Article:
File photo
File photo

CITY HALL— Neighbors are expected to argue for the appeal of a permit allowing a Crossfit gym to open inside the Edgemar Center for the Arts at the City Council meeting tonight.

The appeal was delayed at the previous meeting after Councilmember Kevin McKeown pointed to several unrelated Edgemar tenants that might have been in violation of the document that governs the property.

The document, the Statement of Official Action (STOA), approved in 1997, states that if an Edgemar permittee violates conditions of the document, no other permits may be approved for Edgemar until the problem is remedied.

The STOA requires that two properties facing Second Street must be occupied by artists that both live and work on the premises, otherwise the windows and doors facing the street must be covered. Code compliance investigators found that the manager of Fresh Interactive, a digital media company in one of the two spaces, lives on-site, city officials said. They also stated that the digital media company met the requirement of an artist. The other space is occupied by a work-live artist.

Violations were found recently at Brick + Mortar restaurant, city officials said, for serving alcohol to unseated patrons. The restaurant was also cited in December for “conducting nightclub activities,” city officials said.

Despite the open violation, city officials recommend that council deny the neighbors’ appeal. A staff report claims that the “permittee” is defined as the owner of the property and states that “it is not clear that the property owner/landlord has, in fact, failed to comply with any condition(s).”

The report does acknowledge that the tenant, Brick + Mortar, may be in violation of STOA conditions. Does this legally deter council from allowing the approval of a new use within Edgemar?

“Given this complexity and the novelty of the issues, the outcome would be difficult to predict,” the report states.

As for the appeal itself, neighbors say that noise created by Crossfit members entering and exiting the gym in the early morning will disturb the surrounding homes.


Fitness trainer fees


The proposed Crossfit gym comes in the wake of a recent contentious council ruling on a major fitness issue. An ordinance regulating the usage of city parks for fitness training will get a second reading at Tuesday’s meeting.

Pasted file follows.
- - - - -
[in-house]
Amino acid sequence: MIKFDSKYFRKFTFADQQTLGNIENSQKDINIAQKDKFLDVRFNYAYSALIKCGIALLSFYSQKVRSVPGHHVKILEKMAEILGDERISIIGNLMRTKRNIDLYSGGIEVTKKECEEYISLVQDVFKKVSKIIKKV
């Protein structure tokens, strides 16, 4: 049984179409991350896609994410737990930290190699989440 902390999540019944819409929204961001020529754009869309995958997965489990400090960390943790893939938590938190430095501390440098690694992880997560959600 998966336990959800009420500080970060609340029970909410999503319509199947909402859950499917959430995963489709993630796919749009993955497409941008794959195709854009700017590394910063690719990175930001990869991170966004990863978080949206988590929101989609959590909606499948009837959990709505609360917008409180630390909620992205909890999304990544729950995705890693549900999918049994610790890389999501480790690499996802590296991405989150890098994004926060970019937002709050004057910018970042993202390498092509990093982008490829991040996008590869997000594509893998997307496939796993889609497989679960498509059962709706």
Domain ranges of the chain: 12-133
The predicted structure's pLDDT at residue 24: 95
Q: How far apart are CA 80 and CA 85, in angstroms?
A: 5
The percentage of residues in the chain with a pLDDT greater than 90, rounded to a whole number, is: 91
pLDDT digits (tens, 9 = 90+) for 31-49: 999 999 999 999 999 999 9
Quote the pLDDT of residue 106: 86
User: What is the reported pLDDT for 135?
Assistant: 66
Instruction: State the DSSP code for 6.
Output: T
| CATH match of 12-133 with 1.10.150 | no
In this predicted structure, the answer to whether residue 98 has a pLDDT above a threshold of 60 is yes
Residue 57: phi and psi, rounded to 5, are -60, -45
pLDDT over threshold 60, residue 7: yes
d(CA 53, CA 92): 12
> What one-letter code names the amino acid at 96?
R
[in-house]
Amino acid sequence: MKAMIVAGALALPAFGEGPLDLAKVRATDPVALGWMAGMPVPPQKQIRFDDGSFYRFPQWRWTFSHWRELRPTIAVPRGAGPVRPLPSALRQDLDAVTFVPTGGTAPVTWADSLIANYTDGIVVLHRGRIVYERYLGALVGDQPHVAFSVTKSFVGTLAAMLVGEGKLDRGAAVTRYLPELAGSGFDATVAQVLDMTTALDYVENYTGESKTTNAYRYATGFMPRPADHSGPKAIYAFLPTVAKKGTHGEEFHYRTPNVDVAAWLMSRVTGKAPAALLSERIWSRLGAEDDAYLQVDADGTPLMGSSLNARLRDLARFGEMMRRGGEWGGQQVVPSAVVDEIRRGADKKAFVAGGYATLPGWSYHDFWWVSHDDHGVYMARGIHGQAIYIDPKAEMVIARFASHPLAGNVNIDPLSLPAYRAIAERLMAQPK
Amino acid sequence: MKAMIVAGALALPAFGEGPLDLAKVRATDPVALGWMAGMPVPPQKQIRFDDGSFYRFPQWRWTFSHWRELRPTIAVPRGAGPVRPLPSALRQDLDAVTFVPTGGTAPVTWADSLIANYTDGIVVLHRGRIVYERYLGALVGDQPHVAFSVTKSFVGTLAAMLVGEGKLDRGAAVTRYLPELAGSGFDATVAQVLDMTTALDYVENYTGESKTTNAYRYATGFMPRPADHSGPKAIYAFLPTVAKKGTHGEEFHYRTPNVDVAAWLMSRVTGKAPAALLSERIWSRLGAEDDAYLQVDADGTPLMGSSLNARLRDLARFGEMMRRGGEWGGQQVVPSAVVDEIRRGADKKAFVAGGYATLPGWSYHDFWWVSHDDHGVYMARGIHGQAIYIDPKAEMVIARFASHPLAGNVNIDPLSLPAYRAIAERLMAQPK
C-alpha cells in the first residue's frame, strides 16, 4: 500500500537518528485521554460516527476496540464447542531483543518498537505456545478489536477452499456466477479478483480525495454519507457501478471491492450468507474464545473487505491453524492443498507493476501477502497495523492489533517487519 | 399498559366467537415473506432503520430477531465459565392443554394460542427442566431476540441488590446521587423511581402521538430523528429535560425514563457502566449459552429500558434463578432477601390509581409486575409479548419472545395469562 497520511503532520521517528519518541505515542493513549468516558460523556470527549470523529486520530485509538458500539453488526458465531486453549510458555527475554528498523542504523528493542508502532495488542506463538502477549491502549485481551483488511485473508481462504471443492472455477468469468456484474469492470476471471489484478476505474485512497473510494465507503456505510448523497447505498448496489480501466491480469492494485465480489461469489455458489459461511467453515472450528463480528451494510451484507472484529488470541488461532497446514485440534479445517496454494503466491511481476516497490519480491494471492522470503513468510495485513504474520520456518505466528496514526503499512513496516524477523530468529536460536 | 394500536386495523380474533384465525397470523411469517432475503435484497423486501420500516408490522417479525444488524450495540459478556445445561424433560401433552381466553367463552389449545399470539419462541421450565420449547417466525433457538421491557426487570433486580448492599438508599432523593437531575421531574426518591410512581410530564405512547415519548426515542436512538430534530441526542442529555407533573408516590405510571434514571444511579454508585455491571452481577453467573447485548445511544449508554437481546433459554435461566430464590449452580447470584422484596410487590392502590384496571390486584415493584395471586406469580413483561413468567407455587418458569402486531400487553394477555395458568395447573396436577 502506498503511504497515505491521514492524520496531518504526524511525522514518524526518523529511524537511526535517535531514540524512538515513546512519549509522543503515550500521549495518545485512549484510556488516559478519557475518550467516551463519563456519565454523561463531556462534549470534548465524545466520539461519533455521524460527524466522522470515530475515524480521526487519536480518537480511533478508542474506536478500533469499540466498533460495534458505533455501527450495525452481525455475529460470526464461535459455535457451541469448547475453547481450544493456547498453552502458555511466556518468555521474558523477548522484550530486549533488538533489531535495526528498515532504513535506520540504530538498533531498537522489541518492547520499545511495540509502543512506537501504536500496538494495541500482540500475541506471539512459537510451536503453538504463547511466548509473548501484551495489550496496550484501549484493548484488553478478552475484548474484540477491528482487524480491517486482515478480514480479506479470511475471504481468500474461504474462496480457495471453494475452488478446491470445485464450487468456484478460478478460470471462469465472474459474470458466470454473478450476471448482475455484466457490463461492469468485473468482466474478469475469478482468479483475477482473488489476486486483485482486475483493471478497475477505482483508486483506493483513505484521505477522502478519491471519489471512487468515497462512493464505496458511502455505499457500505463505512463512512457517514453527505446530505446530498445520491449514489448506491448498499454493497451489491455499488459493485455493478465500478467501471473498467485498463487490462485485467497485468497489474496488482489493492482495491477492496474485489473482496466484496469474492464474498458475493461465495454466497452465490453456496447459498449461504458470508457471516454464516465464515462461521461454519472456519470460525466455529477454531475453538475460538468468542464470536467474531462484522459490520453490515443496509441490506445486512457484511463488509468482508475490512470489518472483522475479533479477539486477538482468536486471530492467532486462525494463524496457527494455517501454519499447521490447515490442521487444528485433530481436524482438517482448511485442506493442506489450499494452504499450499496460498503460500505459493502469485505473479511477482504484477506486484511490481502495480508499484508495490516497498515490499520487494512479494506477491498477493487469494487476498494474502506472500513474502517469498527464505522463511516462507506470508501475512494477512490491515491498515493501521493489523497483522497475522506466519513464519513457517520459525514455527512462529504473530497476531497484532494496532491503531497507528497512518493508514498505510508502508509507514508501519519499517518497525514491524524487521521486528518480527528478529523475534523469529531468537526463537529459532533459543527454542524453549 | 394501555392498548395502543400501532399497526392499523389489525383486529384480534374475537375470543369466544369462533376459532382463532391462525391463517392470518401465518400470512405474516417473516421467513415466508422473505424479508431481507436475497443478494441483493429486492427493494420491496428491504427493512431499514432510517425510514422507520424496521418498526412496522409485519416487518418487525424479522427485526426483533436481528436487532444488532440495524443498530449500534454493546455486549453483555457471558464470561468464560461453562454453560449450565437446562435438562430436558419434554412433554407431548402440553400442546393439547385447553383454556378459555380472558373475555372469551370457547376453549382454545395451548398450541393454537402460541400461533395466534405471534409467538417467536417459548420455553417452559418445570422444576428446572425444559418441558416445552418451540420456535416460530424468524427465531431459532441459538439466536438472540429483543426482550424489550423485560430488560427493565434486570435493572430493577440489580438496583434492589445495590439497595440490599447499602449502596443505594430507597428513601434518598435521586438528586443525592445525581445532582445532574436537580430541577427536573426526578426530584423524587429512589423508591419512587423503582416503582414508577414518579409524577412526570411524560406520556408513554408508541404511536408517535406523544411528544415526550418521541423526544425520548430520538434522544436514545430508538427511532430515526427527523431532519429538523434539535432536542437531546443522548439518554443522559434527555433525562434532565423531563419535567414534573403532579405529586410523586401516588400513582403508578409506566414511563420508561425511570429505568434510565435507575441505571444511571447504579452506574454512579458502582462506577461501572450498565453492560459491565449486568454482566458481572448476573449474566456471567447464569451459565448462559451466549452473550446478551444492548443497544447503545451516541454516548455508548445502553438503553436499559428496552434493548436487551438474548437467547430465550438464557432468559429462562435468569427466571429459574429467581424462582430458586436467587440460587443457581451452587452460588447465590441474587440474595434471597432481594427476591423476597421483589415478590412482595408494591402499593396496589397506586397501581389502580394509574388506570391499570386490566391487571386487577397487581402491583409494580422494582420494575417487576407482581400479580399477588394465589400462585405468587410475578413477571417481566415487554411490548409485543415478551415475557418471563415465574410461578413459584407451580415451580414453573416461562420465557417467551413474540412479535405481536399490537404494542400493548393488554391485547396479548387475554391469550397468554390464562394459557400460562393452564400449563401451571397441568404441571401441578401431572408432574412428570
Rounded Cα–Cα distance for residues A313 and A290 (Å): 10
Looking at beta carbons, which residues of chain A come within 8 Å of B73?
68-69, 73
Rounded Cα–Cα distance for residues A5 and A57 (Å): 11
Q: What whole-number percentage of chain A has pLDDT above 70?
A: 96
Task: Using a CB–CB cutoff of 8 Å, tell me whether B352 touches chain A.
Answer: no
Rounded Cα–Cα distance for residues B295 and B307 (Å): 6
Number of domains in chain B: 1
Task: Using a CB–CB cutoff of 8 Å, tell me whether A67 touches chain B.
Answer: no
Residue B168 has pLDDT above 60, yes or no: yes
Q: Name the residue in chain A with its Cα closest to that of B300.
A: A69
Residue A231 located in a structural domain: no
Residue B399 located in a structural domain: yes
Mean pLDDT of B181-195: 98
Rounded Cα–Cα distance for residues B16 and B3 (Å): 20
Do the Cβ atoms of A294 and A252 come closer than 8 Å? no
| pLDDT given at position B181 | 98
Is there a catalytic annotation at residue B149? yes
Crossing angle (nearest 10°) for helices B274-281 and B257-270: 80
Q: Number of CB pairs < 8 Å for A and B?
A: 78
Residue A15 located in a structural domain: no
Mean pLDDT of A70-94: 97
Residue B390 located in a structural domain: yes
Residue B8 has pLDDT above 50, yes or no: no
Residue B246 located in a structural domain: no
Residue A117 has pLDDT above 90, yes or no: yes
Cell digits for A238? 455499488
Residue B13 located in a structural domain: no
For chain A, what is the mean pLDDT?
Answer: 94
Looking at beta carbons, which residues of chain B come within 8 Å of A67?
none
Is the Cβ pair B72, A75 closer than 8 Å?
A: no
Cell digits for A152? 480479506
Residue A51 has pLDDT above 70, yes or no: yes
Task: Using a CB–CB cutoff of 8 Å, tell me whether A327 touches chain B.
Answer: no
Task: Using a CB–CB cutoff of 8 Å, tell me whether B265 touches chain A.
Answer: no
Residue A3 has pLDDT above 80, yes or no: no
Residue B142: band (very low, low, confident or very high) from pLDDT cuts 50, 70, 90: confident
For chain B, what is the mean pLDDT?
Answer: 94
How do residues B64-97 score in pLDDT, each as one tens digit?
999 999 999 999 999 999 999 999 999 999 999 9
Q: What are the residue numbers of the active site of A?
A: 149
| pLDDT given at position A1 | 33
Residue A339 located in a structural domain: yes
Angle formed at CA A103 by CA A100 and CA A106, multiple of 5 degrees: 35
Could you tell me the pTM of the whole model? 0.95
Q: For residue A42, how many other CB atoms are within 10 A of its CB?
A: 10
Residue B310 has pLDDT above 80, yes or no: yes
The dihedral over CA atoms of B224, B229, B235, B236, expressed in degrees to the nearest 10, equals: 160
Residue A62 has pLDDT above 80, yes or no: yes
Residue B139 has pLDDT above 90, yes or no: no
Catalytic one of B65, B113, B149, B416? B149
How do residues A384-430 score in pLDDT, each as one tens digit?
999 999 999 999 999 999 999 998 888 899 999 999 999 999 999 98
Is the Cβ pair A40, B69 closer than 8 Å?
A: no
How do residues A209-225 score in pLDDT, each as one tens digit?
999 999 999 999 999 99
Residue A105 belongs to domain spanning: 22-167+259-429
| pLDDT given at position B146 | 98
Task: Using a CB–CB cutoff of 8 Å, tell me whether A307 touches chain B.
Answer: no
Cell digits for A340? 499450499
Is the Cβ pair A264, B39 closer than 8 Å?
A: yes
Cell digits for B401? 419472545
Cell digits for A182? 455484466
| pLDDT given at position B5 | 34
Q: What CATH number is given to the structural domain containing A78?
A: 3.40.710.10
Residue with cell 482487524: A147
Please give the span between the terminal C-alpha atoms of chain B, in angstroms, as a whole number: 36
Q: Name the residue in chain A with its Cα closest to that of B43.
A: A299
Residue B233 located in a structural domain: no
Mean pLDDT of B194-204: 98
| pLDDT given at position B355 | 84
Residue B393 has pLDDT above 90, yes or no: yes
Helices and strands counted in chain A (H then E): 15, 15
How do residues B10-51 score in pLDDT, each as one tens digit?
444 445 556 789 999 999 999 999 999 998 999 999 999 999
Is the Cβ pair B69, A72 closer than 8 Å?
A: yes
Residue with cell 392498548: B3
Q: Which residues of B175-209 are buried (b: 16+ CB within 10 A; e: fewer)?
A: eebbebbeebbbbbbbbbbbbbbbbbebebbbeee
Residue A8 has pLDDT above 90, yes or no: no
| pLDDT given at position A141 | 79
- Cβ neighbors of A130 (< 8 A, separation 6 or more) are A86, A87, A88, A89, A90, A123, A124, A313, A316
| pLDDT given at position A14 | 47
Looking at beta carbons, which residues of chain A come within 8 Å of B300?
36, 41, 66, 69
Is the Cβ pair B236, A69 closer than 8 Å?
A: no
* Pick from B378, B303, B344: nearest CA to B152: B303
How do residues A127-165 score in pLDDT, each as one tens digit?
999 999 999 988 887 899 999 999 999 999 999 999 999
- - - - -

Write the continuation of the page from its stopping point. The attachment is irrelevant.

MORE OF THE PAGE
Since it passed earlier this month, advocates on both sides of the issue have come out in opposition to the pilot ordinance.

The ordinance requires, among other things, flat annual fees from trainers wishing to use parks. Debate centered around Palisades Park, which some said was being overused and others said should be free to be used by all, including trainers.

Fees at Palisades Park were set at a higher rate to reflect the park’s high demand. Fees for group trainers were set as high as $8,100.

Santa Monica Outdoor Fitness Coalition spokesperson, Erin Dick, said that the change effectively priced group trainers out of Palisades Park.

One the other side, seven neighborhood groups signed letters to council asking for them to ban commercial fitness from Palisades Park. Three of the seven asked for the council to extend the ban to all city parks.

“Other business interests are not allowed access to our public resources,” said a letter from Ocean Park and Pico Neighborhood associations and Friends of Sunset Park. “Allowing commercial interests to exclusively occupy city parks in ‘commercial training zones’ during daylight hours seems to us special interest use.”

McKeown said that he plans on sticking with the ordinance as it is.

“If the commercial trainers ordinance fails to pass on second reading, we go back to what we had, which is no law protecting Palisades Park,” he said in an e-mail. “I have to wait and see if anyone else has changed their mind. Otherwise, I still have to vote for the new law to protect Palisades Park at all. Going back to having no law for commercial trainers isn’t really an option.”


Free parking


Another approved ordinance getting a second reading amends parking codes to allow neighborhood electric vehicles (NEV) with proper state-issued decals to park for free at city parking meters.

California stopped issuing NEV decals in 2011 so NEVs purchased recently are not eligible for free metered parking. City officials said it would be unfeasible for City Hall to issue its own parking decals.

The Daily Press reached out to officials in San Jose, Calif., which has its own decal system.

Drivers who live or work in San Jose can apply for city-issued parking decals, officials said. Decals allow drivers to park for free at metered spots throughout the city.

The permits cost drivers $30 for two years, which San Jose officials say is enough to support the program.


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